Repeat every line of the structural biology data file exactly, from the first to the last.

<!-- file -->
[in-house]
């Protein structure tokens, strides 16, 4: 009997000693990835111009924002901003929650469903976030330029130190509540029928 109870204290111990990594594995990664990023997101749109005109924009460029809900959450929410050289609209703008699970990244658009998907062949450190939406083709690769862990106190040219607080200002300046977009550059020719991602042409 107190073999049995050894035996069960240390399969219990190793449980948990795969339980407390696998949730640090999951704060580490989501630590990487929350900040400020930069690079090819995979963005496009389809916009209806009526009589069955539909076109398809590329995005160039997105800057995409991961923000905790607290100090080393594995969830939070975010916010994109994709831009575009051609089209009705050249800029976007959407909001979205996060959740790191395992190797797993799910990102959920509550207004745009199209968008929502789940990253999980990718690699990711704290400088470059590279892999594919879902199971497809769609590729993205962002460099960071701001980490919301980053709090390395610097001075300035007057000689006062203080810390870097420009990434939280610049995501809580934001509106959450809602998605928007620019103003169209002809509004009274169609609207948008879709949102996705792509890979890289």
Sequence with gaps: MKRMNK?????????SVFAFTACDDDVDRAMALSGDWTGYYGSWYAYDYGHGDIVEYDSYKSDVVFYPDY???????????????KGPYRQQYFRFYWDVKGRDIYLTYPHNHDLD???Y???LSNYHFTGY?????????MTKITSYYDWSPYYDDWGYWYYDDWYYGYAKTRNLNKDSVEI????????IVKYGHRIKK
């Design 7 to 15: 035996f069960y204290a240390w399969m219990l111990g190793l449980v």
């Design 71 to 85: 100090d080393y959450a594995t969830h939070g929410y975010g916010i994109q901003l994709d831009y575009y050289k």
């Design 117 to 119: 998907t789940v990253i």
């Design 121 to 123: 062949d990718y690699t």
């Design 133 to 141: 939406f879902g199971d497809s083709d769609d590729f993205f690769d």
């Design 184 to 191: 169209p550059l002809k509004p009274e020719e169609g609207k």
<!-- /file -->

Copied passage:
[in-house]
């Protein structure tokens, strides 16, 4: 009997000693990835111009924002901003929650469903976030330029130190509540029928 109870204290111990990594594995990664990023997101749109005109924009460029809900959450929410050289609209703008699970990244658009998907062949450190939406083709690769862990106190040219607080200002300046977009550059020719991602042409 107190073999049995050894035996069960240390399969219990190793449980948990795969339980407390696998949730640090999951704060580490989501630590990487929350900040400020930069690079090819995979963005496009389809916009209806009526009589069955539909076109398809590329995005160039997105800057995409991961923000905790607290100090080393594995969830939070975010916010994109994709831009575009051609089209009705050249800029976007959407909001979205996060959740790191395992190797797993799910990102959920509550207004745009199209968008929502789940990253999980990718690699990711704290400088470059590279892999594919879902199971497809769609590729993205962002460099960071701001980490919301980053709090390395610097001075300035007057000689006062203080810390870097420009990434939280610049995501809580934001509106959450809602998605928007620019103003169209002809509004009274169609609207948008879709949102996705792509890979890289």
Sequence with gaps: MKRMNK?????????SVFAFTACDDDVDRAMALSGDWTGYYGSWYAYDYGHGDIVEYDSYKSDVVFYPDY???????????????KGPYRQQYFRFYWDVKGRDIYLTYPHNHDLD???Y???LSNYHFTGY?????????MTKITSYYDWSPYYDDWGYWYYDDWYYGYAKTRNLNKDSVEI????????IVKYGHRIKK
């Design 7 to 15: 035996f069960y204290a240390w399969m219990l111990g190793l449980v």
């Design 71 to 85: 100090d080393y959450a594995t969830h939070g929410y975010g916010i994109q901003l994709d831009y575009y050289k």
């Design 117 to 119: 998907t789940v990253i």
């Design 121 to 123: 062949d990718y690699t």
């Design 133 to 141: 939406f879902g199971d497809s083709d769609d590729f993205f690769d």
């Design 184 to 191: 169209p550059l002809k509004p009274e020719e169609g609207k």